Biology is designed for multi-semester biology courses for science majors. It is grounded on an evolutionary basis and includes exciting features that highlight careers in the biological sciences and everyday applications of the concepts at hand. To meet the needs of today’s instructors and students, some content has been strategically condensed while maintaining the overall scope and coverage of traditional texts for this course. Instructors can customize the book, adapting it to the approach that works best in their classroom. Biology also includes an innovative art program that incorporates critical thinking and clicker questions to help students understand—and apply—key concepts.
By the end of this section, you will be able to:Explain how electromagnetic waves differs from sound wavesTrace the path of light through the eye to the point of the optic nerveExplain tonic activity as it is manifested in photoreceptors in the retina
By the end of this section, you will be able to:Discuss the type of seeds produced by gymnosperms, as well as other characteristics of gymnospermsState which period saw the first appearance of gymnosperms and explain when they were the dominant plant lifeList the four groups of modern-day gymnosperms and provide examples of each
Psychology is designed to meet scope and sequence requirements for the single-semester introduction to psychology course. The book offers a comprehensive treatment of core concepts, grounded in both classic studies and current and emerging research. The text also includes coverage of the DSM-5 in examinations of psychological disorders. Psychology incorporates discussions that reflect the diversity within the discipline, as well as the diversity of cultures and communities across the globe.Senior Contributing AuthorsRose M. Spielman, Formerly of Quinnipiac UniversityContributing AuthorsKathryn Dumper, Bainbridge State CollegeWilliam Jenkins, Mercer UniversityArlene Lacombe, Saint Joseph's UniversityMarilyn Lovett, Livingstone CollegeMarion Perlmutter, University of Michigan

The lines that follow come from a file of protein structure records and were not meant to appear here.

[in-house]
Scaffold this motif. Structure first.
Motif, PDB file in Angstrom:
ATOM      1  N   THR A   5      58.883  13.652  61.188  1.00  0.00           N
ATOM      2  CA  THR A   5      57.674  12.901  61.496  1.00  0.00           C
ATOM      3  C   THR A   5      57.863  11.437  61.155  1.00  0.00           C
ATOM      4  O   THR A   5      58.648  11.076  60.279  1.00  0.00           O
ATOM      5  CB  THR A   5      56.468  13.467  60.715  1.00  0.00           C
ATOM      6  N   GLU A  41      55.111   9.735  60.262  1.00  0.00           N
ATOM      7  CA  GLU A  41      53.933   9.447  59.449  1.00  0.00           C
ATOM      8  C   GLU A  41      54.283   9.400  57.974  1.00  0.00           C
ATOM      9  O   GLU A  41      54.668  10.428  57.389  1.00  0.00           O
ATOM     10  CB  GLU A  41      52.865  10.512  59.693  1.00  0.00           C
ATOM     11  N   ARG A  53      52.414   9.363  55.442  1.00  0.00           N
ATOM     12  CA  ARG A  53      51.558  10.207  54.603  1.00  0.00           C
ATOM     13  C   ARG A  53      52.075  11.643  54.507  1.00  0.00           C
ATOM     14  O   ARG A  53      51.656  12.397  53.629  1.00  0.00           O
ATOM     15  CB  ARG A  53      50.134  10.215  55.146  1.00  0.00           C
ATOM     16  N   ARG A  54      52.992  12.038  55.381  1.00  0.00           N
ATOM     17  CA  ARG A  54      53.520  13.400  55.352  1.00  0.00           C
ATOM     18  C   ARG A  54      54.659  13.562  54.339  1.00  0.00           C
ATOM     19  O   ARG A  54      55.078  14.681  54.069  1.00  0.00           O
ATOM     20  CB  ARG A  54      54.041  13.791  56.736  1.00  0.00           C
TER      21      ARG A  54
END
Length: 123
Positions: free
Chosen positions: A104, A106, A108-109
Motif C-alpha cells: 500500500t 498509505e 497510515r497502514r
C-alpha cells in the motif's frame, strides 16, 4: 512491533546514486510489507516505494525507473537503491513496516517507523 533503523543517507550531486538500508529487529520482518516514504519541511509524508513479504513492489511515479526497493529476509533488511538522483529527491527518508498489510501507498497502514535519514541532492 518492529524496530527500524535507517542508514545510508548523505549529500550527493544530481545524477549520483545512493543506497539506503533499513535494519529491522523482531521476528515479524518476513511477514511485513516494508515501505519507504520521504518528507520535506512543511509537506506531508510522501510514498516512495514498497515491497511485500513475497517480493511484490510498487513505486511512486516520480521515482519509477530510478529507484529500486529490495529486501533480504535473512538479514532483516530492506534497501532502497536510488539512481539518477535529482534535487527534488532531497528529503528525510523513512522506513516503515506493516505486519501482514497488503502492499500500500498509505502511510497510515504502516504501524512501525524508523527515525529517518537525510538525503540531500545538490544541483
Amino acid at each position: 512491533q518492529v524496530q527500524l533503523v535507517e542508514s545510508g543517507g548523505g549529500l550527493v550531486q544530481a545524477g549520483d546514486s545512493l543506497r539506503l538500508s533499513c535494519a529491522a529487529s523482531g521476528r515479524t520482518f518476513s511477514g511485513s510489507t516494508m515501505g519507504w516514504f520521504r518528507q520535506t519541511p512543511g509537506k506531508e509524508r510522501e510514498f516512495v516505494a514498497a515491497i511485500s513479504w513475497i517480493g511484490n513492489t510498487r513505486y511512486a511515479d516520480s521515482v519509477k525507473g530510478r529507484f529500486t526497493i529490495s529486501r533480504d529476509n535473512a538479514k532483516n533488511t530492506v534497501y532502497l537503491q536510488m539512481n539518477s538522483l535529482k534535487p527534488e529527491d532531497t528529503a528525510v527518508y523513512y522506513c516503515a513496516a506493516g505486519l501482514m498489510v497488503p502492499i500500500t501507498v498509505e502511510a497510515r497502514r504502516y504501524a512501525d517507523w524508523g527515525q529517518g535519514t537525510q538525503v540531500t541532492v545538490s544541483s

By the end of this section, you will be able to:Describe the basic anatomy of the visual systemDiscuss how rods and cones contribute to different aspects of visionDescribe how monocular and binocular cues are used in the perception of depth
Students observe an in-classroom visual representation of a volcanic eruption. The water-powered volcano demonstration is made in advance, using sand, hoses and a waterballoon, representing the main components of all volcanoes. During the activity, students observe, measure and sketch the volcano, seeing how its behavior provides engineers with indicators used to predict an eruption.
Students learn about the causes, composition and types of volcanoes. They begin with an overview of the Earth's interior and how volcanoes form. Once students know about how a volcano functions, they learn how engineers predict eruptions. In a class demonstration, students watch and measure a mock volcanic eruption and observe the phases of an eruption, seeing how a volcano gets its shape and provides us with clues to predict a blast.